Professor Vijay Mahajan holds the John P. Harbin Centennial Chair in Business at McCombs School of Business, University of Texas, Austin. He has authored numerous books, including Rise of Rural Consumers in Developing Countries: Harvesting 3 Billion Aspirations. In this interview, Prof. Mahajan highlights why India’s burgeoning rural consumer sector is a treasure trove that businesses cannot afford to ignore.
In terms of size, there are 3.4 billion rural consumers in the world. And almost one-third of the world’s rural population lives in South Asia. Therefore, the Indian rural consumer segment has become a very big deal for conglomerates. One important distinction to make is that rural does not mean poor. In fact, more than 35% of the Indian rural consumers fall under the middle or upper-middle class brackets. The sheer size of the market and the consumer’s disposable income are factors that cannot be ignored. To top it all off, the urban marketplace is becoming increasingly saturated and the rural consumer offers a new avenue for companies to expand and grow into.
The digital leapfrog in rural Indian has been simply amazing. Thanks to technology, rural consumers are fully aware of the products and services that are available. First, satellite TV did wonders as it gave access to the same commercials that consumers in the urban areas were seeing. Now, the proliferation of smartphones and mobile internet has greatly changed things—India is one of the world’s biggest markets for mobile marketing, and for services like Facebook and WhatsApp. Companies have figured out how to reach the consumers via this new technology, even in areas where there are issues with electricity. Rural consumers have always had the money, but now they have greater access to knowing what is available. For companies, availability is one thing, but distribution to rural consumers also matters, which is where technology comes in to the foray.
It is really an interesting space to explore. In certain segments, rural consumers are already spending more money than their urban counterparts. Consider gold, for example. The rural consumer buys far more gold than an urban consumer does, especially during religious festivals. Even the packaged-goods industry is seeing a more rapid growth rate in rural areas than elsewhere. Does this translate to greater prosperity? Yes, it does, and to greater pride as well. Rural consumers now have access to everything that is available in urban areas as well, and this provides a massive boost to the perceived level of prosperity.
Good brands always keep the ‘customer is king’ mantra in mind, regardless of whether the customer is urban or rural. No matter where people are situated, their aspirations are almost always the same. Addressing and satisfying these aspirations while keeping their realities in mind is where the challenge lies. Once again, it should be remembered that ‘rural’ by no means insinuates ‘poor’. Numerous major international brands, like Coca Cola, have always been well attuned to what the rural consumer desires. This, of course, is true not just for India, but from rural consumers everywhere—from South America to Africa to Asia. Even if the rural consumer can afford to buy a branded good as much as an urban one can, the brand value is significantly higher in the former case. As mentioned before, availability and distribution is what matters more; this is where the real strategy is needed. The rural consumer is catered to more than sufficiently in terms of brand exposure.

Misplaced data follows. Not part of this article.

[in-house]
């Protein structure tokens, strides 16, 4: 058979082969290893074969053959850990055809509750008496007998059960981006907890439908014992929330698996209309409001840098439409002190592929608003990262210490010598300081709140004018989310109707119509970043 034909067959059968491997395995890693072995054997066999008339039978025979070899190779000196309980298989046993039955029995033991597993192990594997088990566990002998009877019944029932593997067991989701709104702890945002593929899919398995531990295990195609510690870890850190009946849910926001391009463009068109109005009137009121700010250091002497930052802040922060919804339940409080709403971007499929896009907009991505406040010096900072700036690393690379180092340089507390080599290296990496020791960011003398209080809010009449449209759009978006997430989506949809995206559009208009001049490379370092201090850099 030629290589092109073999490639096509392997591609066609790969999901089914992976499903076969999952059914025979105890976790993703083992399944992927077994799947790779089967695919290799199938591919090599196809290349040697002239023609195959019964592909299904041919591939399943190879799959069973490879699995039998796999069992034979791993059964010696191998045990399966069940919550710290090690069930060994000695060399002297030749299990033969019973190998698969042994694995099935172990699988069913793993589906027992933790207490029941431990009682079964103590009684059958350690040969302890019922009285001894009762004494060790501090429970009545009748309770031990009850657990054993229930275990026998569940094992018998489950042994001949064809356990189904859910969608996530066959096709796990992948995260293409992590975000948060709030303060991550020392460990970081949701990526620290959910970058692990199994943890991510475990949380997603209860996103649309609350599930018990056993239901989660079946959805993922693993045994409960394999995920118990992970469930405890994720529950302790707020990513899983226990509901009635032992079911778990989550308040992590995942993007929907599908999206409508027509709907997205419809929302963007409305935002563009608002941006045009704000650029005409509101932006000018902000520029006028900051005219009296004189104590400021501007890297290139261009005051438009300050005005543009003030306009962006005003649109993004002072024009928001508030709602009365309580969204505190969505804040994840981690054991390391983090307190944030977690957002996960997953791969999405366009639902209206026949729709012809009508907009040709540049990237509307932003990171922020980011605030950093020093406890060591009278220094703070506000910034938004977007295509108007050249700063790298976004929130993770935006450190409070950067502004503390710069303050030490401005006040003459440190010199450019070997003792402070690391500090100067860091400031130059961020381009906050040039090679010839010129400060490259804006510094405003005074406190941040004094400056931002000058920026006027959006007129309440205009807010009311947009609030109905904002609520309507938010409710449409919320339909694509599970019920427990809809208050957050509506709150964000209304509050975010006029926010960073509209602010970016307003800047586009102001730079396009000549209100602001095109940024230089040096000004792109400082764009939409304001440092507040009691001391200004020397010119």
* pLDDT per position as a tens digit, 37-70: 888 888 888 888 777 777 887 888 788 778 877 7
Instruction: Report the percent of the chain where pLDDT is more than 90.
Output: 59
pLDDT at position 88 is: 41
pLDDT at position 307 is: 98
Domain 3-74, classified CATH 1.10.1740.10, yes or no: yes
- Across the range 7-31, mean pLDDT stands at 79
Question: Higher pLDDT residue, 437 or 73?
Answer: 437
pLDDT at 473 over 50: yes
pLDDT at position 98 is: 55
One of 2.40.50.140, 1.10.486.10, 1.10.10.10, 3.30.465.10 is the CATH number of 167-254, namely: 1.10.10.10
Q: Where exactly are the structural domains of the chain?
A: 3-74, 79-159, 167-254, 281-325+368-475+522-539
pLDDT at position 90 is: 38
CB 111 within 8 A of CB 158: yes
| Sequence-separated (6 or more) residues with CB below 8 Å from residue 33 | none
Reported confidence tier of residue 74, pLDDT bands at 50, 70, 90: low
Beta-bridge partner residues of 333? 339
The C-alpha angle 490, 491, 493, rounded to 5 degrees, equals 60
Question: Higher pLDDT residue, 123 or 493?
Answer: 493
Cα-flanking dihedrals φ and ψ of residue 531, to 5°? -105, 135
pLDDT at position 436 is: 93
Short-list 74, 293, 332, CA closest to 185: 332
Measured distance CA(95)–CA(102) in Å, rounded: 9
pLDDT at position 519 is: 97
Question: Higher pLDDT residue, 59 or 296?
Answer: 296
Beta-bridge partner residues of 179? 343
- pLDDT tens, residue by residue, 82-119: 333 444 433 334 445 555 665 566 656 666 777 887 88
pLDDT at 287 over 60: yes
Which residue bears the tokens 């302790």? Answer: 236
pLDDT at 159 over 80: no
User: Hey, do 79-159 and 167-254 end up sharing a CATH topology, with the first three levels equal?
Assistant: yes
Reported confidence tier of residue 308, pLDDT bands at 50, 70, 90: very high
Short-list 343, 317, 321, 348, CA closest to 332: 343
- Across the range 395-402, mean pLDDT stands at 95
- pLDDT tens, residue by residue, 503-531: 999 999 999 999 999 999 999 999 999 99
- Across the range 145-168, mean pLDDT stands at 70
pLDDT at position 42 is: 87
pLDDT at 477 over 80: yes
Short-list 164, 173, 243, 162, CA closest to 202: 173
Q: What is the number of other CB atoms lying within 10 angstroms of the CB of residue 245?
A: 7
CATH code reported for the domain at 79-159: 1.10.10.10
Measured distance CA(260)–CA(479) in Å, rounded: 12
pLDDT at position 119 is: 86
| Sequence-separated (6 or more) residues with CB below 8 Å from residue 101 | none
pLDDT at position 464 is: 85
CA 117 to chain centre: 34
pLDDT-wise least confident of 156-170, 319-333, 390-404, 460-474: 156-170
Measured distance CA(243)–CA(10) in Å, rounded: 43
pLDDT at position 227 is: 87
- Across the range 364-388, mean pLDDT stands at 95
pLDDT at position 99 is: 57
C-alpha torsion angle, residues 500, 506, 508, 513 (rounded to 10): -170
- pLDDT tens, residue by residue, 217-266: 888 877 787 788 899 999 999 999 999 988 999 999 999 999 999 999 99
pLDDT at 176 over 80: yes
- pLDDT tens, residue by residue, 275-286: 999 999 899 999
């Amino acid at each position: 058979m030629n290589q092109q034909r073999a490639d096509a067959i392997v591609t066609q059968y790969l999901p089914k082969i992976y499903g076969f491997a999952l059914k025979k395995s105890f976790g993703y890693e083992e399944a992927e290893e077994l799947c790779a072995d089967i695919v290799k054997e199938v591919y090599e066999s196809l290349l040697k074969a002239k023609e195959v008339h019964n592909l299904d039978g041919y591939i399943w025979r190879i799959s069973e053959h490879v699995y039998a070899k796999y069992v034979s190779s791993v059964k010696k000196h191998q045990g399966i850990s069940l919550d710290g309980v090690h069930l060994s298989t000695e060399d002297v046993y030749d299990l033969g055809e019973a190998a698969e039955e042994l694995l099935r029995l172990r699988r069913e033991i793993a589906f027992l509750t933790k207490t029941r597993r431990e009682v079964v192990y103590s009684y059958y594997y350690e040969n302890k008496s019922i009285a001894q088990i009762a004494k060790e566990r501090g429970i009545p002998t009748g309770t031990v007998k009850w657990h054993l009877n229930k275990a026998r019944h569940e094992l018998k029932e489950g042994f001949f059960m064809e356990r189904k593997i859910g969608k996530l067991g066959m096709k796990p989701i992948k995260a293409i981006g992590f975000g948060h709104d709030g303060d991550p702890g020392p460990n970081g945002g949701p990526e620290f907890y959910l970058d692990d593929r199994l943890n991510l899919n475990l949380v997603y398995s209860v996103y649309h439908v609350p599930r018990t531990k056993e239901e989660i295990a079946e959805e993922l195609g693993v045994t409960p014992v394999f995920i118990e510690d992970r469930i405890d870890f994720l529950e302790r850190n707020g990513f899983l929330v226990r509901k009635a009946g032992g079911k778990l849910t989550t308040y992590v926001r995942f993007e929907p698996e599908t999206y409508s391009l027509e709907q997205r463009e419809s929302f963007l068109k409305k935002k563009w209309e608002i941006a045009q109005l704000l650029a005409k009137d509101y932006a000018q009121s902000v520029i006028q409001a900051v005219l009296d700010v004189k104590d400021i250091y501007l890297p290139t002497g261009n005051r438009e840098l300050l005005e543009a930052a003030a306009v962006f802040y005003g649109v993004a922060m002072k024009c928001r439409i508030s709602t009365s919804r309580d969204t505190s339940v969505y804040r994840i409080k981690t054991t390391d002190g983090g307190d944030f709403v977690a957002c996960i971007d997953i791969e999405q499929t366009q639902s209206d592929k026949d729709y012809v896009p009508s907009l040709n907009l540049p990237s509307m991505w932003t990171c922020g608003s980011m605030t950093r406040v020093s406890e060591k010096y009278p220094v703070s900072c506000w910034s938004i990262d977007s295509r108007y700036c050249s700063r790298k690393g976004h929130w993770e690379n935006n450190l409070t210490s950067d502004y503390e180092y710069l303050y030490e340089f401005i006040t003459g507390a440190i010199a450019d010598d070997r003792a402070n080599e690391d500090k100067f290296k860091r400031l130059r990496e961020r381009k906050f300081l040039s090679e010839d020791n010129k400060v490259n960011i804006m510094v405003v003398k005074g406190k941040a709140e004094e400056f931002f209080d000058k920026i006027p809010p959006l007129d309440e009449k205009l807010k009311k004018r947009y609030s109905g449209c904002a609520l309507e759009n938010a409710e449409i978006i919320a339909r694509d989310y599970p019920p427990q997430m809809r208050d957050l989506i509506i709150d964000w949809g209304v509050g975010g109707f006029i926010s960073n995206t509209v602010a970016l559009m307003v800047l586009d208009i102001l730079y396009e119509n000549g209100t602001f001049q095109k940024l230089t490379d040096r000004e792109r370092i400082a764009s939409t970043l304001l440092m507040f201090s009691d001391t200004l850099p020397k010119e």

Previously, international corporations such as Procter & Gamble and Coca Cola used a market segment classification system that put urban and rural consumers under different categories. This system takes numerous factors into consideration and was fine, for a while. Now, the same organizations have switched to a different system that does not distinguish between urban and rural consumers, especially those in the same financial brackets. What this signifies is that brands have already begun taking notice and are tweaking their strategies accordingly.
Migration patterns differ from country to country, and in India, rural to urban migration is huge. Over time, people have come to realise that migrating to urban centres often comes with a decrease in lifestyle. It isn’t necessarily negative, but it’s not an ideal situation either. Of course, migration does not mean that people forget their roots or their aspirations change. Instead, the lessons learnt from migrating to urban areas are transferred to the rural ones. The key factor to consider here is ‘urbanisation’. As this spreads across rural areas, there will be fewer incentives to move to a big city. The government is doing an excellent job building and expanding infrastructure in rural areas, and this will have a major positive effect on people’s lifestyle expectations as well. As such, the rural consumer market is only expected to get even stronger.